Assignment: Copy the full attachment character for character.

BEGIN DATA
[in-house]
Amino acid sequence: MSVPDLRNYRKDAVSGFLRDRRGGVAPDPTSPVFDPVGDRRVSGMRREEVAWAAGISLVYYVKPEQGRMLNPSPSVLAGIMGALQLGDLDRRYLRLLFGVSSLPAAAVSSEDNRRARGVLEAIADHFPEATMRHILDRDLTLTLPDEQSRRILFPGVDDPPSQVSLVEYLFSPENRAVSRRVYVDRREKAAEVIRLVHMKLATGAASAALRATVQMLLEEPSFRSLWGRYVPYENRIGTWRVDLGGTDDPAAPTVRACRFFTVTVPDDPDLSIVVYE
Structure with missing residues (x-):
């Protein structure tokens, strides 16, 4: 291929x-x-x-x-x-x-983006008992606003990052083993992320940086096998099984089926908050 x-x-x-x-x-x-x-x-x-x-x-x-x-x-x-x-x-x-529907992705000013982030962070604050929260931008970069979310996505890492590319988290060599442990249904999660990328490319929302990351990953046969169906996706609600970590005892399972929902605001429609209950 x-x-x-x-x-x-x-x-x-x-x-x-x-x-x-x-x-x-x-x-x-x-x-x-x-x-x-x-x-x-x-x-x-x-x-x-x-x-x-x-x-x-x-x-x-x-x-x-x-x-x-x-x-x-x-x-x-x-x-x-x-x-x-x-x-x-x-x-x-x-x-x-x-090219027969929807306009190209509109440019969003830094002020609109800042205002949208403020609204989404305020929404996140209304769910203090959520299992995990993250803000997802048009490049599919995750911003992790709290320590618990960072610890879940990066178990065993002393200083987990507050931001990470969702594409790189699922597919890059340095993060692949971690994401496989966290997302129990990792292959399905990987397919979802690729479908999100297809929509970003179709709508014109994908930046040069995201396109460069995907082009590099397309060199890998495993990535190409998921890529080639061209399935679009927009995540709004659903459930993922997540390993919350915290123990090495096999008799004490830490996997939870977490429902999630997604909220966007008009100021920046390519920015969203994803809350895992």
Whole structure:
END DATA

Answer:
[in-house]
Amino acid sequence: MSVPDLRNYRKDAVSGFLRDRRGGVAPDPTSPVFDPVGDRRVSGMRREEVAWAAGISLVYYVKPEQGRMLNPSPSVLAGIMGALQLGDLDRRYLRLLFGVSSLPAAAVSSEDNRRARGVLEAIADHFPEATMRHILDRDLTLTLPDEQSRRILFPGVDDPPSQVSLVEYLFSPENRAVSRRVYVDRREKAAEVIRLVHMKLATGAASAALRATVQMLLEEPSFRSLWGRYVPYENRIGTWRVDLGGTDDPAAPTVRACRFFTVTVPDDPDLSIVVYE
Structure with missing residues (x-):
């Protein structure tokens, strides 16, 4: 291929x-x-x-x-x-x-983006008992606003990052083993992320940086096998099984089926908050 x-x-x-x-x-x-x-x-x-x-x-x-x-x-x-x-x-x-529907992705000013982030962070604050929260931008970069979310996505890492590319988290060599442990249904999660990328490319929302990351990953046969169906996706609600970590005892399972929902605001429609209950 x-x-x-x-x-x-x-x-x-x-x-x-x-x-x-x-x-x-x-x-x-x-x-x-x-x-x-x-x-x-x-x-x-x-x-x-x-x-x-x-x-x-x-x-x-x-x-x-x-x-x-x-x-x-x-x-x-x-x-x-x-x-x-x-x-x-x-x-x-x-x-x-x-090219027969929807306009190209509109440019969003830094002020609109800042205002949208403020609204989404305020929404996140209304769910203090959520299992995990993250803000997802048009490049599919995750911003992790709290320590618990960072610890879940990066178990065993002393200083987990507050931001990470969702594409790189699922597919890059340095993060692949971690994401496989966290997302129990990792292959399905990987397919979802690729479908999100297809929509970003179709709508014109994908930046040069995201396109460069995907082009590099397309060199890998495993990535190409998921890529080639061209399935679009927009995540709004659903459930993922997540390993919350915290123990090495096999008799004490830490996997939870977490429902999630997604909220966007008009100021920046390519920015969203994803809350895992």
Whole structure: